March 28, 2015

Smoktunovsky: Portrait of an Actor

Smoktunovsky: Portrait of an Actor

March 27, 2015, would have been the ninetieth birthday of beloved actor Innokenty Smoktunovsky. Renowned for his film roles, such as Hamlet in Hamlet and Yuri Detochkin in Beware of the Car, Smoktunovsky also had a highly successful career as a stage actor. In this excerpt from an interview with a Hungarian reporter, he recounts his experiences during World War II on the basis of old photographs.

[…] In this one my face is more serious. It’s another photograph from my youth. See how much red hair I had? As many red hairs as freckles on my face. But where is that hair now? Where did that incredible, enormous power go? It’s gone. Understand?

And now we’re up to the war, that is, its end – 1945. Rather often I get this request: “Bring out your military photos.” They don’t realize that if someone has military photos, it means he was near the front lines, near the battles, but wasn’t fighting – no, he was posing in his free time. Whereas I was in really, really awful binds and wrote a book about it, soon to be two. […] Just now I wrote a book titled To Be. In it I describe how out of 125 or 130 of us, only four survived. All the rest fell like grass cut in a meadow. Just like my other three comrades, I would take their bullets, their grenades, to somehow extend my life and somehow protect the road we were supposed to be guarding, to not let through the Nazi division that had broken out of ToruĊ„ (this was in Poland).

And now I’m often asked: “Show us your photos from the front!” I only have the one photograph, but it’s not from the front, it’s from after the war – 1945. I’m a staff sergeant. My mustache and beard haven’t even grown in yet, but I’ve already gone through such awful trials that I wouldn’t wish even on my enemies. Because, as I’ve already said, I was taken prisoner, then escaped from the prisoner-of-war camp, because I was torn apart by disease – dysentery, dystrophy… and complete psychological shock. I couldn’t accept the fact that any prison guard could shoot me, just like that. So I escaped. Because if I hadn’t escaped, all the same, two, or three, or five days later I would have just collapsed from exhaustion.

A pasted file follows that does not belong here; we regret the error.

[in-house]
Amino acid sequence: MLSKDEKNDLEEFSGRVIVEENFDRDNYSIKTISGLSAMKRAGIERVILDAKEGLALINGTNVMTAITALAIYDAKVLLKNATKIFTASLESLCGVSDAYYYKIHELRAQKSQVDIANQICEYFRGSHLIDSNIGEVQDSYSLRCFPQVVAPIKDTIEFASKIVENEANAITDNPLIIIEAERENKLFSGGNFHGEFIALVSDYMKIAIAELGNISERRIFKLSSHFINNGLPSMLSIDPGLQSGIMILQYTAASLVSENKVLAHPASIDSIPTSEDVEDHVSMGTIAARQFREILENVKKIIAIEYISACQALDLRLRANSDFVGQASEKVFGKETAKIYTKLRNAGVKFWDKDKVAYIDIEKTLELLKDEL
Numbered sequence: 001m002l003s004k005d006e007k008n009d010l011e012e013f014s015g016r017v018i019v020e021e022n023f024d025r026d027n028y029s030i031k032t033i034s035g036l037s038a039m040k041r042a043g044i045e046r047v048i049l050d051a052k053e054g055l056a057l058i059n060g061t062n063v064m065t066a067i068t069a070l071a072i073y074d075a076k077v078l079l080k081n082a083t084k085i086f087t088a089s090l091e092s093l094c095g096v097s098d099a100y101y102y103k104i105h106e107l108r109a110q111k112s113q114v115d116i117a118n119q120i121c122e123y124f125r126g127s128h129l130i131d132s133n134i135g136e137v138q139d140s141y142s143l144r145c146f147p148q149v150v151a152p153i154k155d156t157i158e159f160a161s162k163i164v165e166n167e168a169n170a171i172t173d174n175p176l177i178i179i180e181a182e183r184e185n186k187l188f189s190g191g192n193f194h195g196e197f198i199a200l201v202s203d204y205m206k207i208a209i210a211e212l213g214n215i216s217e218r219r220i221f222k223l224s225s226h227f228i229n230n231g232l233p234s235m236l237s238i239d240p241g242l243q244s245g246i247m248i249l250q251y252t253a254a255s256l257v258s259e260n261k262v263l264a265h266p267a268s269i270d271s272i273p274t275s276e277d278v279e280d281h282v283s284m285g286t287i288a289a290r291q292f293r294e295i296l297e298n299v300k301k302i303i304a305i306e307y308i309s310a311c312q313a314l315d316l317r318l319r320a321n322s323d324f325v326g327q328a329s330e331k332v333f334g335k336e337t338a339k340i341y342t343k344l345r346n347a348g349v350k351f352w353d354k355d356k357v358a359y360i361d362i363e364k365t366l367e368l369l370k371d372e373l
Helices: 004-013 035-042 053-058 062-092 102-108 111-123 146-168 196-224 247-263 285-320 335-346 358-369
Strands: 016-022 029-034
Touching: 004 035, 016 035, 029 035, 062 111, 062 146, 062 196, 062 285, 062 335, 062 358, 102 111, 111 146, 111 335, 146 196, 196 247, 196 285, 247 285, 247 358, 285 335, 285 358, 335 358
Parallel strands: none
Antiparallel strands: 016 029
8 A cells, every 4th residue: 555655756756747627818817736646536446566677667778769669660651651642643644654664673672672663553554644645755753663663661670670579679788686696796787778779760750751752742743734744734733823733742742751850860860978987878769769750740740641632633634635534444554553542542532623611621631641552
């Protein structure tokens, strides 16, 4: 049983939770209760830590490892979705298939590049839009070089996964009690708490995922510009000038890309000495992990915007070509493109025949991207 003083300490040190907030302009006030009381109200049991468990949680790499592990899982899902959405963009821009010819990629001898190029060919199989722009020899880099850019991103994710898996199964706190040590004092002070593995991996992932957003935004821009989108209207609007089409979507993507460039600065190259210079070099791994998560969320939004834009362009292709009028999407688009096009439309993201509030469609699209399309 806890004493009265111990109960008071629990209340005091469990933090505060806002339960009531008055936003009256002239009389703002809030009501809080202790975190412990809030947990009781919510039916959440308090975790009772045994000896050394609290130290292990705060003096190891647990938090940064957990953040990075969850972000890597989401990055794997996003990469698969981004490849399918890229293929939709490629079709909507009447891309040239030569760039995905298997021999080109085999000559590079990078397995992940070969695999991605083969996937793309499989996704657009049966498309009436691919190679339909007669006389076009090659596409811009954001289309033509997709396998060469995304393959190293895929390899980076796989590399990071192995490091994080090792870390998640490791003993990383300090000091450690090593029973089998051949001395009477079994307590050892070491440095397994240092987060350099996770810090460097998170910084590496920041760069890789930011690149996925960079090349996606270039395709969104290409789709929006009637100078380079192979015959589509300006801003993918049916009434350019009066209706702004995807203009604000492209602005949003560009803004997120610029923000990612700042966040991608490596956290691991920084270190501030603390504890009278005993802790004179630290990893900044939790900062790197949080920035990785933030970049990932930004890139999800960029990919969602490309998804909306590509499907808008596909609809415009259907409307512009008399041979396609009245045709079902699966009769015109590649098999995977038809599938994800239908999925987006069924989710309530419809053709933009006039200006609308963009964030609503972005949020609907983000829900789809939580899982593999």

Later, when I was picked up by friendly Ukrainians in the Kamenets-Podolsk Oblast (now Khmelnitsky Oblast) and was left to rest in their house, there was a mirror on the wall in front of me. And because my mind wasn’t quite working yet, I thought that someone was looking at me through a window, some man with a big nose and sunken eyes. I would ask him, “What are you looking at? What do you want?” And the man “in the window” would whisper something at the same time. Then I realized that it was me. After all, a whole year I hadn’t seen myself in the mirror, being on the front lines, fighting the Nazis with my division. How could I possibly have photographs from the front, if I was busy protecting my human dignity and perhaps even my own life, as well as the life of my country?!


Translation: Eugenia Sokolskaya [source]

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